It’s Memorial weekend and the Mountain Play in the stone amphitheater atop Mount Tamalpais opened it’s 101st season with the tropical love story about overcoming prejudice for love as Americans fight the Japanese toward the end of World War II, “South Pacific” by Rodgers & Hammerstein. Mitzi Gaynor starred in the Oscar winning 1958 film shot in Hawaii, where she’s a spirited young Navy nurse Nellie who falls in love with a handsome ex-patriot Frenchman with a beautiful villa and two small children. Michener won a Pulitzer Prize for his novel.
Taylor Chalker plays Nellie. Peter Vilkin plays Emile the Frenchman.
Randy Nazarian of Actors Equity plays Luther Billis.
Cast list here.
As a quick side note, it’s astounding to think how the world has changed in the 101 years since the Mountain Play began, World War I beginning in July of 1914 with the US joining the Allies in 1917. During World War II, the grounds were closed to the public since the US Army maintained operations on the site. Here’s a list of all 100 years, including productions of ‘Tamalpa’ from time to time early on. The theater performed ‘South Pacific’ in 1988 and 1997. Last year was ‘The Sound of Music’.
May 25 is Military Veteran Appreciation Day
Meanwhile. If one still remembers with a sigh the hair washing scene with Robert Redford and Meryl Streep in the wilderness from ‘Out of Africa’, Gaynor had different ideas in 1958. Although the nurse meets the gentleman planter Emile, Emile Brazzi played by Giorgio Tozzi, she sings as she washes her hair outdoors at the camp that she’s gonna ‘Wash that Man Right Outta My Hair’.
However he’s singing ‘Some Enchanted Evening’.
Then there’s a take more recently by the Los Angeles Gay Man’s Chorus, on Youtube. The actual LGBT appreciation day at the Mountain Play is June 1, with an ensemble from the SF Gay Men’s Chorus called the Lolllipop Guild.
The cast of the 2008 revival however won a Tony.
Lily Tung Crystal as Bloody Mary
In any event. The story contains a parallel inter-racial love story. The tender romance happens between a handsome young military man Bill and an island girl younger than springtime. At first Bill sings about ‘The Girl Back Home’. Meanwhile the innocent beauty gets escorted by her hefty mother Bloody Mary, who gets the entrancing song about the magic and romance of the island calling, ‘Bali Ha’i’ as well as ‘Happy Talk’. That’s Juanita Hall in the film, from Broadway. Lily Tung Crystal of Actors Equity plays Bloody Mary in the Mountain Play this year.
When the young hero gets killed in action and the girl he loves ends up abandoned, Gaynor’s character gets a sobering wake up call. The woman moves past her own American innocence. She adopts a more European and sophisticated mentality, embracing her relationship with Emile. That includes the whole package, his being the widow of a South Pacific native who was the mother of Emile’s two young children.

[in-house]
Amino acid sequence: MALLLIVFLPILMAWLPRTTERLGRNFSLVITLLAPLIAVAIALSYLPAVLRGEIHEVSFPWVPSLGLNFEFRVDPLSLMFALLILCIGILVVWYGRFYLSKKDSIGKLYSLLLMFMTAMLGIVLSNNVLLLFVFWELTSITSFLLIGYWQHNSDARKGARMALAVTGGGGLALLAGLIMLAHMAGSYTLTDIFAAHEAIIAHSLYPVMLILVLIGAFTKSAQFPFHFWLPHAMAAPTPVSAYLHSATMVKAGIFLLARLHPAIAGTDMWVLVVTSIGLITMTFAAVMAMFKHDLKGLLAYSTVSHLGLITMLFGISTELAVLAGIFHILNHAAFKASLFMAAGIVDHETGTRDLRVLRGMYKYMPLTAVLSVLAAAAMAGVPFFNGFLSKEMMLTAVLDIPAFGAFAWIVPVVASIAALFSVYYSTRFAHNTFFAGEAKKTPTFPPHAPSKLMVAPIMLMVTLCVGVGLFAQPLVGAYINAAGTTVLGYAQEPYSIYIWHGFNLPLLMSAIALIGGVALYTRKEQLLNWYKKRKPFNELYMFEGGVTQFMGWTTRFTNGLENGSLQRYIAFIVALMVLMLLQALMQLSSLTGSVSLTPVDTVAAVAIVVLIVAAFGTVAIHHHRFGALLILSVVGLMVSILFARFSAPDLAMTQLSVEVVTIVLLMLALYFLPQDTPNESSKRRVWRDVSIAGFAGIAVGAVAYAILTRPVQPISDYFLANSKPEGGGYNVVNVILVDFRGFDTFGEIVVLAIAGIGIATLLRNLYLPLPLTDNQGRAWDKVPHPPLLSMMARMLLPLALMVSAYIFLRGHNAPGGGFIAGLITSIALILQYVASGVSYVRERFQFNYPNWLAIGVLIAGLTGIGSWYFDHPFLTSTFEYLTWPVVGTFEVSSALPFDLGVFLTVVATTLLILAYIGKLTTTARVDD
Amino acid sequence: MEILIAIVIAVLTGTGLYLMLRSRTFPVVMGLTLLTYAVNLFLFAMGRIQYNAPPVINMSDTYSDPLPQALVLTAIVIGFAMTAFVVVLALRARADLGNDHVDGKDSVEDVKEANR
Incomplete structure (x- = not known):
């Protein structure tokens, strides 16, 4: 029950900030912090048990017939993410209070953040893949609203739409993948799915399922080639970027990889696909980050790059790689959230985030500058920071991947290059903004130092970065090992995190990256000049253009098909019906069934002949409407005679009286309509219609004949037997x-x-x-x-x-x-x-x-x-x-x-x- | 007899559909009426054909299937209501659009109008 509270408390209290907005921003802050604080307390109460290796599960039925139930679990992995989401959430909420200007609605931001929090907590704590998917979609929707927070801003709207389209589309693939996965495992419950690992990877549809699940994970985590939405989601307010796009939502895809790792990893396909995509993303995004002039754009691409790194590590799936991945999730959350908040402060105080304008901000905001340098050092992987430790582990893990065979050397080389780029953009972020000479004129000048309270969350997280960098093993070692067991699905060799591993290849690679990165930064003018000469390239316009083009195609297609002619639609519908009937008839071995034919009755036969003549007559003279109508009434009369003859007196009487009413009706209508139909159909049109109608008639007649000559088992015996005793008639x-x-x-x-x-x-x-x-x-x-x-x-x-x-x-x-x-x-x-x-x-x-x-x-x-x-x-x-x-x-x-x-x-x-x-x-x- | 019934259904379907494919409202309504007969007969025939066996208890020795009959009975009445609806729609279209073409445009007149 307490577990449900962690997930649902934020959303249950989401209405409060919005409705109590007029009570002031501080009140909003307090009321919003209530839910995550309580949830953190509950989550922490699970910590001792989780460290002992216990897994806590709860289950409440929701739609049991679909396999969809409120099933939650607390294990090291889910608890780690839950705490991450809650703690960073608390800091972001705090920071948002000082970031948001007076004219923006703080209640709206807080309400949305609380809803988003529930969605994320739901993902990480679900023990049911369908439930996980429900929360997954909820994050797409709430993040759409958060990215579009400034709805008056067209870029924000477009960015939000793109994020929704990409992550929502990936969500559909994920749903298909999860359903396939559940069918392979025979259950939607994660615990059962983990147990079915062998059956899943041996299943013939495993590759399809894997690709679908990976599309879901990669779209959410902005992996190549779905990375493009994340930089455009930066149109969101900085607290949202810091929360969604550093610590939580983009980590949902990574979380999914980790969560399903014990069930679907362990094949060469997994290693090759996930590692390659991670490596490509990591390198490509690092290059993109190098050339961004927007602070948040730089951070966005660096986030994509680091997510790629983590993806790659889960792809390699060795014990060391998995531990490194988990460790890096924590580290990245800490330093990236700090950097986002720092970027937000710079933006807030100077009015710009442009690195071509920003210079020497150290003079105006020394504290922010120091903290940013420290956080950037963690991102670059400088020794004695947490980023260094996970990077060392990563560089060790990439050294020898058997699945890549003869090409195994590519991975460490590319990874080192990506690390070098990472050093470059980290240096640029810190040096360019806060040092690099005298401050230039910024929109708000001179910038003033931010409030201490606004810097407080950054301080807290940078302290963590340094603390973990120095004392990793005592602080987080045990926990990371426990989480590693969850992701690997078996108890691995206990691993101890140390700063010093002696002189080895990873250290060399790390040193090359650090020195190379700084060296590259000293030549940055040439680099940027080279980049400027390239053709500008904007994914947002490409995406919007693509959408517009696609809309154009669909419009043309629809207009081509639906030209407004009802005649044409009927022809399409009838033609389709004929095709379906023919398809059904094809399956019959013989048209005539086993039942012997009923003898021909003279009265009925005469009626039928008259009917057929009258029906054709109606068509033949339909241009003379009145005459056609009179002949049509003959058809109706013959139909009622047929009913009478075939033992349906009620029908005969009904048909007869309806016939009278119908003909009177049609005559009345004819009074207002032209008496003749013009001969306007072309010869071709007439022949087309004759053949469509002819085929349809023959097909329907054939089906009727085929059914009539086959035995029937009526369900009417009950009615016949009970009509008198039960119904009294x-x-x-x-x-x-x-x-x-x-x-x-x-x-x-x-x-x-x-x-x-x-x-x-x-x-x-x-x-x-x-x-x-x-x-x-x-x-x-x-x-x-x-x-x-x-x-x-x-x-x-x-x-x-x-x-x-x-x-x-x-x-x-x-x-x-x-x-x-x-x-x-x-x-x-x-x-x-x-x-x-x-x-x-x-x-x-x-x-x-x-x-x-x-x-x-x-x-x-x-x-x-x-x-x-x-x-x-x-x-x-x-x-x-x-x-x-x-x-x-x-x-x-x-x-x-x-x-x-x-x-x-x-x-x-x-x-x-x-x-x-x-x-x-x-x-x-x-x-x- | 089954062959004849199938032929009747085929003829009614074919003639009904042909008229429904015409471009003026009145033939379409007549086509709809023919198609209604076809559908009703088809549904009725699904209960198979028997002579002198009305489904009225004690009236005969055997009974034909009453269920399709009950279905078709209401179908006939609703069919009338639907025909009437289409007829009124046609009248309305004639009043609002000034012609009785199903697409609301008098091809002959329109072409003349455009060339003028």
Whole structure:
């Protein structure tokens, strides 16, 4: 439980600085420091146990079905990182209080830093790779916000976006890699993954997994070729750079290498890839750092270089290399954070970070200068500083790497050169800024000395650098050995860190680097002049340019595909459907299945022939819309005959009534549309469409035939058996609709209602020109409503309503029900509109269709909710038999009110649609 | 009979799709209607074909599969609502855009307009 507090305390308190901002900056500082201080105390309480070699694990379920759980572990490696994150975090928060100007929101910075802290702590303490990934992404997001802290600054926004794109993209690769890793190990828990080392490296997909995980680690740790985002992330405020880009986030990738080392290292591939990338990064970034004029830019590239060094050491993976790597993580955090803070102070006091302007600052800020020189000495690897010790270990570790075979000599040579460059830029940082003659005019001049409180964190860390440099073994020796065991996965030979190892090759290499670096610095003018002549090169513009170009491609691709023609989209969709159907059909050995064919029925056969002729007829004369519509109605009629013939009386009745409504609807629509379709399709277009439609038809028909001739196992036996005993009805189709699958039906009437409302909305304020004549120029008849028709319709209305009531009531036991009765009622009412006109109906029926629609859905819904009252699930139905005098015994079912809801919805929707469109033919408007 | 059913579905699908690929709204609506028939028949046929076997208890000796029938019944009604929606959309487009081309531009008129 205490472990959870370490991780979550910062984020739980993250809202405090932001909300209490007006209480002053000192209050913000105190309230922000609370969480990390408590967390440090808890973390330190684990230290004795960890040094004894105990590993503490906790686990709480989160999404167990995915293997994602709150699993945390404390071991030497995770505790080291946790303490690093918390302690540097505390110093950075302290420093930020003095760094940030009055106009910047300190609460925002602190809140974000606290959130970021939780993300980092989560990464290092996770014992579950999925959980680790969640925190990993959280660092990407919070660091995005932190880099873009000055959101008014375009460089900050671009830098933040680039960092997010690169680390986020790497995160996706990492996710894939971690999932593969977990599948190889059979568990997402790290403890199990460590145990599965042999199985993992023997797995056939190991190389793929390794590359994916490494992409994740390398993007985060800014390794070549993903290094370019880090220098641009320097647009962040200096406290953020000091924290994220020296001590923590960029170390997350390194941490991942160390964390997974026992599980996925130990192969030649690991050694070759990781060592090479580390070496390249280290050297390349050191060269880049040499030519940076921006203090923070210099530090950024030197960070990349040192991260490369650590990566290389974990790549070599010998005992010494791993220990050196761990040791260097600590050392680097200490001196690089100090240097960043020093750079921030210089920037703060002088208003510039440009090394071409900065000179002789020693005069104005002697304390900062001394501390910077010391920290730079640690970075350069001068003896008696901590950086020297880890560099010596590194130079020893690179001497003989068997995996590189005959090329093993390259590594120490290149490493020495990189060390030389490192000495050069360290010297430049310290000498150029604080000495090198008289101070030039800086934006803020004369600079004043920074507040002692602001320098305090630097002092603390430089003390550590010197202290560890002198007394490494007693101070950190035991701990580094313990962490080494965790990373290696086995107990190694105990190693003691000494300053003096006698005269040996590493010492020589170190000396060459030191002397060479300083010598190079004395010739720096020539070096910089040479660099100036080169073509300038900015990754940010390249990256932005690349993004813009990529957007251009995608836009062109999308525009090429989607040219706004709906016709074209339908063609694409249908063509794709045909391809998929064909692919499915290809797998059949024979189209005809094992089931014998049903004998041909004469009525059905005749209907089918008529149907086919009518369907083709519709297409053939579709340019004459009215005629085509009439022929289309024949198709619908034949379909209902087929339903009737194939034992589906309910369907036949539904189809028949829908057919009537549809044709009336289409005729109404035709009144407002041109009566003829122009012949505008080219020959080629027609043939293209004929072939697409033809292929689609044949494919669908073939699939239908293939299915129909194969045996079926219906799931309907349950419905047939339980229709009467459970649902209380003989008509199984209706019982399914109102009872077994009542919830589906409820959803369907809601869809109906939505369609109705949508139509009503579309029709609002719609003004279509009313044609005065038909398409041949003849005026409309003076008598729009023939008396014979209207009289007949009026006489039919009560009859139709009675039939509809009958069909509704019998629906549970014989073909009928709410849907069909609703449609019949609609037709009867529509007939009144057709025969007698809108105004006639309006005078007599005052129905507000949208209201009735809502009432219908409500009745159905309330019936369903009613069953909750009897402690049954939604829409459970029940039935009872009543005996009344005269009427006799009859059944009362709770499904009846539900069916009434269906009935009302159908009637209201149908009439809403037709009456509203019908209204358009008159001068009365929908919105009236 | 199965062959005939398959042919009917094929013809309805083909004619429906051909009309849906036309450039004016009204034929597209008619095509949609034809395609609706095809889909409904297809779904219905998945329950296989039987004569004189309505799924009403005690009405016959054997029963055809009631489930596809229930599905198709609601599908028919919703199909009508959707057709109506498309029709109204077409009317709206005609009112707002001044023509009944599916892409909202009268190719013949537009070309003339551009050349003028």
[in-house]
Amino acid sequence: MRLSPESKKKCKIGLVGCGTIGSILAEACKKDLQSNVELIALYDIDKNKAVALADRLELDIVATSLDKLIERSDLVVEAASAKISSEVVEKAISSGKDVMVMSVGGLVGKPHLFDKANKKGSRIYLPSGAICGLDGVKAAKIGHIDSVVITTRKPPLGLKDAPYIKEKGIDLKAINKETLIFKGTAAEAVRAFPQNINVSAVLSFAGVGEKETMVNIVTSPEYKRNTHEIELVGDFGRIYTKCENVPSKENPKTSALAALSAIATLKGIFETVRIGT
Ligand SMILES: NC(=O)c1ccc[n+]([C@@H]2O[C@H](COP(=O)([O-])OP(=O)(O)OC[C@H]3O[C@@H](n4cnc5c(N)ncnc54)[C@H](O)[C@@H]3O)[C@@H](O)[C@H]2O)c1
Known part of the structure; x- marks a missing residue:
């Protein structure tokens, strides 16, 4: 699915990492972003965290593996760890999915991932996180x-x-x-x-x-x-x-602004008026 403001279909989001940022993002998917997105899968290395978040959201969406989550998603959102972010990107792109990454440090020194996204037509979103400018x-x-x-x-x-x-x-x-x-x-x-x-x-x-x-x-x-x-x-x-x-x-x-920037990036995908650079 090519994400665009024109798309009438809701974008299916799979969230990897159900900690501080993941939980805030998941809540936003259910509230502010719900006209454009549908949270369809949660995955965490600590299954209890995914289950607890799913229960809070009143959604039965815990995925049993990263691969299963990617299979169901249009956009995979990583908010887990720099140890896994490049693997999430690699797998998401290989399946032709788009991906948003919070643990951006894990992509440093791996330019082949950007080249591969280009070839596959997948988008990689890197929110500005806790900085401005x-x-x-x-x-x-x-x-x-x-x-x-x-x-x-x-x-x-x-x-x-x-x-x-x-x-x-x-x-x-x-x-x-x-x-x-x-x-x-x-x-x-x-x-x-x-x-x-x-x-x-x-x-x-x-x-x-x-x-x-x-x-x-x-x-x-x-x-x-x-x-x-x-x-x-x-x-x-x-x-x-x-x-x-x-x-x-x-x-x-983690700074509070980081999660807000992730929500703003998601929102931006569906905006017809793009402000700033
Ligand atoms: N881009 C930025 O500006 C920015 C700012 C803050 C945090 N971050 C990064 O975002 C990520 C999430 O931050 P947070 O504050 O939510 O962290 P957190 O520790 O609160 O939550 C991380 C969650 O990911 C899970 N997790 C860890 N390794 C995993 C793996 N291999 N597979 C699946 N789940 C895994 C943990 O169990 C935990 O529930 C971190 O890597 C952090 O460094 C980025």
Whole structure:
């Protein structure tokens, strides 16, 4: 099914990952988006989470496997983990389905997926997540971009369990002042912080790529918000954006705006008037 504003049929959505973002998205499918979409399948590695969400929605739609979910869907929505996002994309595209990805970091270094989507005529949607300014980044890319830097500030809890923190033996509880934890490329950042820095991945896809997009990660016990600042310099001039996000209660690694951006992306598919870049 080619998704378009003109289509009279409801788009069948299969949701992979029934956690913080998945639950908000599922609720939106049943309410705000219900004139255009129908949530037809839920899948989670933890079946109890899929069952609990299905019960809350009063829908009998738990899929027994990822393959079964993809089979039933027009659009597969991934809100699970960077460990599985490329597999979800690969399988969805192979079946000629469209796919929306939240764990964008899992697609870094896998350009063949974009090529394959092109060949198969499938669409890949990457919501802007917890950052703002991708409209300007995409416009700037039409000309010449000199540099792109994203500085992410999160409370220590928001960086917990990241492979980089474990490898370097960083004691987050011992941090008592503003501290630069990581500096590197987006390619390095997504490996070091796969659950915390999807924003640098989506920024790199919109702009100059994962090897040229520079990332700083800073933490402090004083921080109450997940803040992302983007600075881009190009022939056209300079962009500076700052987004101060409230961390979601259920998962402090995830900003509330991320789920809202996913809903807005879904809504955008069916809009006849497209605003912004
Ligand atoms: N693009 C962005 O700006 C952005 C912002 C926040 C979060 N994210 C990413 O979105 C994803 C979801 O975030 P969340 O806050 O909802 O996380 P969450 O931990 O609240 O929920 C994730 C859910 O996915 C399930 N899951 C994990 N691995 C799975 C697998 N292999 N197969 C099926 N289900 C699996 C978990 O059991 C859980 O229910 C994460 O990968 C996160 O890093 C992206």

The show does get some comic relief with the play within a play. Ray Walston in the film performs in the play within a play that Gaynor’s character stages for the men. He also played on vintage television as ‘My Favorite Martian’. Gaynor and Walston perform the duet ‘Honey Bun’ with Walston in coconut bra/grass skirt drag. Yup, he's the 'honey bun', like 'Five Foot Two, Eyes of Blue'. Hootchy Kootchy Kootchy Koo.
The Cushing Amphitheater holds 4000 stone seats, sits 2000 feet or eight miles up Mount Tamalpais.
Parking remains extremely limited and the theater runs shuttle buses, school buses actually, from Mill Valley. The shuttles will also cart patrons’ picnic baskets for those patrons who decide to hike down the serpentine trail from the theater to Mill Valley.
Café menu items include vegan/vegetarian and gluten free. Menu here.
Patrons may supplement picnics and purchase all kinds of food at the site from all-natural or Aidell’s grilled hotdogs, South Seasar salads to ice-cream.
Merchandise includes hats, t-shirts and last year even a new Mountain Play lip balm.
Patrons may bring adult beverages (alcohol) or buy on site and there's a picnic competition.
Free shuttle details here.
Hike down map here. Drop your baskets and coolers at the stage.
It’s for everybody: outreach
The non-profit theater company also offers an outreach program for at-risk youth which includes tickets, transportation, workshops and nature hikes. The theater works with social services.
The theater performs at a senior center in Mill Valley for those who can no longer make the trip.
Ticket information: General admission adults $40/Seniors, 65 and over, $35/Children 4-13, $20/Young adults 14 – 21, $30. Children under three, free and no ticket required. Shuttles, free. $3 per ticket service fee. Additional $5 per order charge for phone orders.
Reserved seating runs $45 to $120. Group discounts.
For more information: www.MountainPlay.org